I asked this question some time ago and got very helpful replies. If
I remember correctly the formula that I should use is for each gram
of the80% coin silver I should add 1.7 grams of fine silver.
However, I lost my original notes, and I hope this is correct.
A customer has commissioned me to make her a bracelet using the some
Canadian quarters minted between 1949 and 1960. I tried to dissuade
her from insisting on my using these coins, but she says they have
sentimental value and wants me to raise the content to sterlingand
use them in casting bracelet for her.
She is a steady customer, and a friend, so reluctantly I said I
would do it, but I want to make sure about my calculations. To each
gram of the 80% coin silver, I should add 1.7 grams of fine. Is this
Would rather just use sterling grain, but now I am committed to
using the coins.
Alma- If she really has sentimental feelings about these coins bezel
set them and make her a charm bracelet. No math needed.
Silver is not that expensive now. Why melt coins? Besides it's
illegal to deface currency.
Have fun and make lots of jewelry.
Close enough. Actual would be .9259.
1 gram of 80% silver gives you 0.8 grams silver plus. 2 grams other.
Adding 1.7 grams silver gives you a total of 2.5 grams silver (0.8 +
This also gives you 2.7 grams (2.5 + 0.2) total weight.
Silver percentage is 2.5/2.7 which is 0.9259.
If I remember correctly the formula that I should use is for each
gram of the 80% coin silver I should add 1.7 grams of fine silver."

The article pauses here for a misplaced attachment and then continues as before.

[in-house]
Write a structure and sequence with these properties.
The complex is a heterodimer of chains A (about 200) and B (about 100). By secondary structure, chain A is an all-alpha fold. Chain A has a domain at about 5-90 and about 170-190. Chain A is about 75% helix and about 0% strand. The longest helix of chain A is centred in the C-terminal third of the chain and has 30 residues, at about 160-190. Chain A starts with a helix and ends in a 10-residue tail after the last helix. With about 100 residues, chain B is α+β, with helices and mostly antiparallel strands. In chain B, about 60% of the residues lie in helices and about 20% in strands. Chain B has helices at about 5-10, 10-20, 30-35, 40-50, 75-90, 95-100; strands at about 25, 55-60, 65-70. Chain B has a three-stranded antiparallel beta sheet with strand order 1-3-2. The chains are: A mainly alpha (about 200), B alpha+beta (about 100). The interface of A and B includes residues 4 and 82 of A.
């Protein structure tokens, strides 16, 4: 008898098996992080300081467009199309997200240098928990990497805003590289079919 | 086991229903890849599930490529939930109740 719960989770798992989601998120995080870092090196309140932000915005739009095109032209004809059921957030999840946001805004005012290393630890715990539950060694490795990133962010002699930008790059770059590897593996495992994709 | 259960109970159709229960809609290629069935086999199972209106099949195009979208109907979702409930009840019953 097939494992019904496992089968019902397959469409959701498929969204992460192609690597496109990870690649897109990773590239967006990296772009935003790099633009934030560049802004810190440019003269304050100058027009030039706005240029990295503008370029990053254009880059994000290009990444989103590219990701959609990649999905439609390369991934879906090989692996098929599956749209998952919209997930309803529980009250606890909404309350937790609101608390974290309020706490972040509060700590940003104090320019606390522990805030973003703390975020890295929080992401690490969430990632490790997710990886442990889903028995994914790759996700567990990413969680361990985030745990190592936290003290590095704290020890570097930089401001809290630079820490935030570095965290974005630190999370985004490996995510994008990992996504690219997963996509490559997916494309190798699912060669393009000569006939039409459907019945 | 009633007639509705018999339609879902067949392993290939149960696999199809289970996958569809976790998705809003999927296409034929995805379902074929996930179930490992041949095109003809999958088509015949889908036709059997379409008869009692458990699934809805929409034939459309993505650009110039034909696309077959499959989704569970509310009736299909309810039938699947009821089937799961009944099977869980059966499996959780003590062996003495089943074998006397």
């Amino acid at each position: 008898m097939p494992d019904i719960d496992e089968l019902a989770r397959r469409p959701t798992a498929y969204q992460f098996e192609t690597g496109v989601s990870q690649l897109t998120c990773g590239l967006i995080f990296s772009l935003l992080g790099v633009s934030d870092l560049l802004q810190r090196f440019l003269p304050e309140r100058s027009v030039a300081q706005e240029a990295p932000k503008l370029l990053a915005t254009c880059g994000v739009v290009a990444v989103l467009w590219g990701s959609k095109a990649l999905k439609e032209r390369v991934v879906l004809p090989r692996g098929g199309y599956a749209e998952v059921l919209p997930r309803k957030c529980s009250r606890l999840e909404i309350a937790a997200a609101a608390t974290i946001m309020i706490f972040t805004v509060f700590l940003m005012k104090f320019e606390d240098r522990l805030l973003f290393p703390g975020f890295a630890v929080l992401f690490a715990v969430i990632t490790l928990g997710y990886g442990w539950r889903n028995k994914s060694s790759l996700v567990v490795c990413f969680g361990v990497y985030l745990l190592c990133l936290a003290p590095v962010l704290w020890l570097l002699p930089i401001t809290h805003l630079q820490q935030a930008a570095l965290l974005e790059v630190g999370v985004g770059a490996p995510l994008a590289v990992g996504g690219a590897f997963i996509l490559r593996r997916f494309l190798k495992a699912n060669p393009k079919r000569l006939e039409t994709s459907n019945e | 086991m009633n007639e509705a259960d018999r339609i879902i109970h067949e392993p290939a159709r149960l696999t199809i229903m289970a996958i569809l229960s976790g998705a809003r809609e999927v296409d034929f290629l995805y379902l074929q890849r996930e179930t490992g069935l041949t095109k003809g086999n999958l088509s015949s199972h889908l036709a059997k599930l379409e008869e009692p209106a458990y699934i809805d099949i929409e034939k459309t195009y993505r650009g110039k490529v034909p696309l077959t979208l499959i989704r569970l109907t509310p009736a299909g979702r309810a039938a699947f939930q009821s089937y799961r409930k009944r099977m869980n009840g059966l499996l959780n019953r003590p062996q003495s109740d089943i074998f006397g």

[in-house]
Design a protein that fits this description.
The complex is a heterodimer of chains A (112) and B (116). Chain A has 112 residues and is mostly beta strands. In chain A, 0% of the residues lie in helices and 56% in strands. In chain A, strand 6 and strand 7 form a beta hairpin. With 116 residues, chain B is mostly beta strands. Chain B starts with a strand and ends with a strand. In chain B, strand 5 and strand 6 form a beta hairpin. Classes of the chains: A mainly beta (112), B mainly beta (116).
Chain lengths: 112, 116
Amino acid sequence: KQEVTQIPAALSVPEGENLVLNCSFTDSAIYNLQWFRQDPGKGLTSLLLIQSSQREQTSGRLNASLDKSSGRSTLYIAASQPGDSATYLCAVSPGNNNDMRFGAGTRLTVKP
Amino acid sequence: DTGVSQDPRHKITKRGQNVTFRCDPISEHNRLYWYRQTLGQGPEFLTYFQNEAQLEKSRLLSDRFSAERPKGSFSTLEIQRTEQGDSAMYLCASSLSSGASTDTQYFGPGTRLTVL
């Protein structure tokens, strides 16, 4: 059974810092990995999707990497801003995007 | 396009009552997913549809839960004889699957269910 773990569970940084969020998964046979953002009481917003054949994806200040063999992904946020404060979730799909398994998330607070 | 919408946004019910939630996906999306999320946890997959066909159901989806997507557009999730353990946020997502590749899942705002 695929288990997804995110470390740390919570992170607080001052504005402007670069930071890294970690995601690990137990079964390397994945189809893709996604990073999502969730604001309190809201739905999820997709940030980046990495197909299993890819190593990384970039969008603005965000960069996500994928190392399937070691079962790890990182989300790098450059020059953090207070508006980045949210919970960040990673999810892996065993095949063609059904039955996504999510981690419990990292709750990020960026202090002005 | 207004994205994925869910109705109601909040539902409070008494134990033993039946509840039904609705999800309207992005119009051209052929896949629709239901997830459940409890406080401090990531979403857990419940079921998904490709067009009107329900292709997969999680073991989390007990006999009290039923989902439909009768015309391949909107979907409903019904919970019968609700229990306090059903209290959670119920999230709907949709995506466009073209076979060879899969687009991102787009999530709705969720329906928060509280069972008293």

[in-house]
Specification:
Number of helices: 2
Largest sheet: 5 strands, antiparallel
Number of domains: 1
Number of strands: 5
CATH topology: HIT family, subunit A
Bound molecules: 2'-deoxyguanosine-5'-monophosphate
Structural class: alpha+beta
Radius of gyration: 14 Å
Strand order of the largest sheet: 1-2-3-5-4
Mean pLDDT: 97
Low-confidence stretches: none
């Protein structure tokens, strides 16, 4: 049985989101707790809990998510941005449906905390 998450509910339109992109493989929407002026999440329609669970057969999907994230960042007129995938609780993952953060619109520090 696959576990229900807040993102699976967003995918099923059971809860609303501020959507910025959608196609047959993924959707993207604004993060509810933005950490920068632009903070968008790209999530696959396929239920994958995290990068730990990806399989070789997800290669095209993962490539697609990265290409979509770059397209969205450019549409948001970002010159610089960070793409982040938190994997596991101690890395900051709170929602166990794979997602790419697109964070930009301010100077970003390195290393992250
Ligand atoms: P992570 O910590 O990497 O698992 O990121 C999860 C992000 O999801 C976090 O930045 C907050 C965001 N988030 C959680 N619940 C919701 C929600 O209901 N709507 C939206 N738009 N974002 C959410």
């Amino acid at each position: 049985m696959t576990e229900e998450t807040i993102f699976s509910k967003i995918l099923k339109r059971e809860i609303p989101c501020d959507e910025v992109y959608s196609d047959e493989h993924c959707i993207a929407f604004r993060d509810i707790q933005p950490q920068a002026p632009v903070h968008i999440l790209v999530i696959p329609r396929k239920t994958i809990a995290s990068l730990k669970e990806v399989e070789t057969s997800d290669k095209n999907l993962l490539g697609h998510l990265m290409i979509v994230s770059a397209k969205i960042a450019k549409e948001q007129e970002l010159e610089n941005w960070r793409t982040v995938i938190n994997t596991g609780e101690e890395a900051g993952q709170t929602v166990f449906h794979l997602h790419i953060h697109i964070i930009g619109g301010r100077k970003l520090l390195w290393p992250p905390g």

Yes that is correct, you need 1.7 grams of fine silver for every
gram of 80% silver to make Sterling Silver
Why melt coins? Besides it's illegal to deface currency.
It's only illegal for coins if the intent is to defraud. It's
illegal for bills only if the intent is to make the bill "unfit to be
reissued." As for melting, since 2006 it has been illegal to melt
pennies or nickels. You can melt silver coins if you want. In this
instance, I wouldn't approve of it, but I'm not the customer.
Thanks for all the replies to my question on what percentage
silverto use to raise the value to .925. I don't relish doing this
project with all the extra work involved, but my friend is
insistent. However, Jo has given me a real reason to decline
the project, and I will tell her that it is illegal to deface coins.
Hopefully, that will put an end to the matter.
Sometimes it is hard to work for friends. One does not want to hurt
their feelings, and often they just don't have a clue as to what
their request involves.
Most are just wonderful to deal with, but once in a while some one
will make a request that is difficult to fulfill.
Thanks again for all the helpful responses. Alma
The law states that as long as you are increasing the value of the
coin and not decreasing it you can do anything you want to do with
I am wondering which law you are referencing? As best as I can tell,
under Canadian law (the Currency Act s.11(1)), it's illegal to melt
down Canadian coinage without a licence from the Minister of Finance.
Perhaps this is a difference of laws between different countries? Or
maybe there's an ammendment I'm not familiar with? Of course, when I
contacted the Minister's office when this topic came up last time
they indicated that a licence would be required (and that it was
unlikely to be granted except for perhaps pennies, since they're now
out of circulation).
You guys are all way of topic. She just wanted to know what to add
for fine silver to raise it to. 925. I don't think they care of its
legal or ethical of fattening.
I am wondering which law you are referencing? As best as I can
tell, under Canadian law (the Currency Act s.11(1)), it's illegal
to melt down Canadian coinage without a licence from the Minister
My apologies. I missed the initial post. My remarks were strictly
about US law.
U.S. Law. I used to know the exact section of the law as that is
how I got started into making jewelry almost 50 years ago. and was
asked all the time was it legal or not. Have not needed to use that
piece of info in 40 years so forgot the section numbers in the law